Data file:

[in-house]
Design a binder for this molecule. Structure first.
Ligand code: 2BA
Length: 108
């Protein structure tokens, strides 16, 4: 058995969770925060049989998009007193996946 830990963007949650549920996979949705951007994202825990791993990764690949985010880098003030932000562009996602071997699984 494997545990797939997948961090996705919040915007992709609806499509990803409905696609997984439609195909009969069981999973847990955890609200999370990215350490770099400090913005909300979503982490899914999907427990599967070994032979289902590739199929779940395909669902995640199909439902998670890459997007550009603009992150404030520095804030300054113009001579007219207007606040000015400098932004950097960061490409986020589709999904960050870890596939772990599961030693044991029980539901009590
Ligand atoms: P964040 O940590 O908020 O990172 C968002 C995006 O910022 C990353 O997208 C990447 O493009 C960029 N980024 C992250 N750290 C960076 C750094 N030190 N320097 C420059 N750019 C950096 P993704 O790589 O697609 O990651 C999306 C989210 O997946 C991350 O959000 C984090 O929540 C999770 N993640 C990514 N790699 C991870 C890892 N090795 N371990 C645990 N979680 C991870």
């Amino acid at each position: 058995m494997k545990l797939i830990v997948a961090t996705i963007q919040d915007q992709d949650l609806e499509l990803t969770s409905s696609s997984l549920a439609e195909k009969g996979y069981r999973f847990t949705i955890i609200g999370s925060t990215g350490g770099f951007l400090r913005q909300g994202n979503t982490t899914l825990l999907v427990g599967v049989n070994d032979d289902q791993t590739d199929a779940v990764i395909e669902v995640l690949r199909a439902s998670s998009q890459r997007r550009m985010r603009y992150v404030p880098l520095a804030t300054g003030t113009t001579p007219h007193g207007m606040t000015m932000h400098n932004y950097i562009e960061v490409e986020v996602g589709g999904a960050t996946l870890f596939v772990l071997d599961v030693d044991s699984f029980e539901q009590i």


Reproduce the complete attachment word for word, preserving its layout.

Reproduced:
[in-house]
Design a binder for this molecule. Structure first.
Ligand code: 2BA
Length: 108
């Protein structure tokens, strides 16, 4: 058995969770925060049989998009007193996946 830990963007949650549920996979949705951007994202825990791993990764690949985010880098003030932000562009996602071997699984 494997545990797939997948961090996705919040915007992709609806499509990803409905696609997984439609195909009969069981999973847990955890609200999370990215350490770099400090913005909300979503982490899914999907427990599967070994032979289902590739199929779940395909669902995640199909439902998670890459997007550009603009992150404030520095804030300054113009001579007219207007606040000015400098932004950097960061490409986020589709999904960050870890596939772990599961030693044991029980539901009590
Ligand atoms: P964040 O940590 O908020 O990172 C968002 C995006 O910022 C990353 O997208 C990447 O493009 C960029 N980024 C992250 N750290 C960076 C750094 N030190 N320097 C420059 N750019 C950096 P993704 O790589 O697609 O990651 C999306 C989210 O997946 C991350 O959000 C984090 O929540 C999770 N993640 C990514 N790699 C991870 C890892 N090795 N371990 C645990 N979680 C991870």
């Amino acid at each position: 058995m494997k545990l797939i830990v997948a961090t996705i963007q919040d915007q992709d949650l609806e499509l990803t969770s409905s696609s997984l549920a439609e195909k009969g996979y069981r999973f847990t949705i955890i609200g999370s925060t990215g350490g770099f951007l400090r913005q909300g994202n979503t982490t899914l825990l999907v427990g599967v049989n070994d032979d289902q791993t590739d199929a779940v990764i395909e669902v995640l690949r199909a439902s998670s998009q890459r997007r550009m985010r603009y992150v404030p880098l520095a804030t300054g003030t113009t001579p007219h007193g207007m606040t000015m932000h400098n932004y950097i562009e960061v490409e986020v996602g589709g999904a960050t996946l870890f596939v772990l071997d599961v030693d044991s699984f029980e539901q009590i």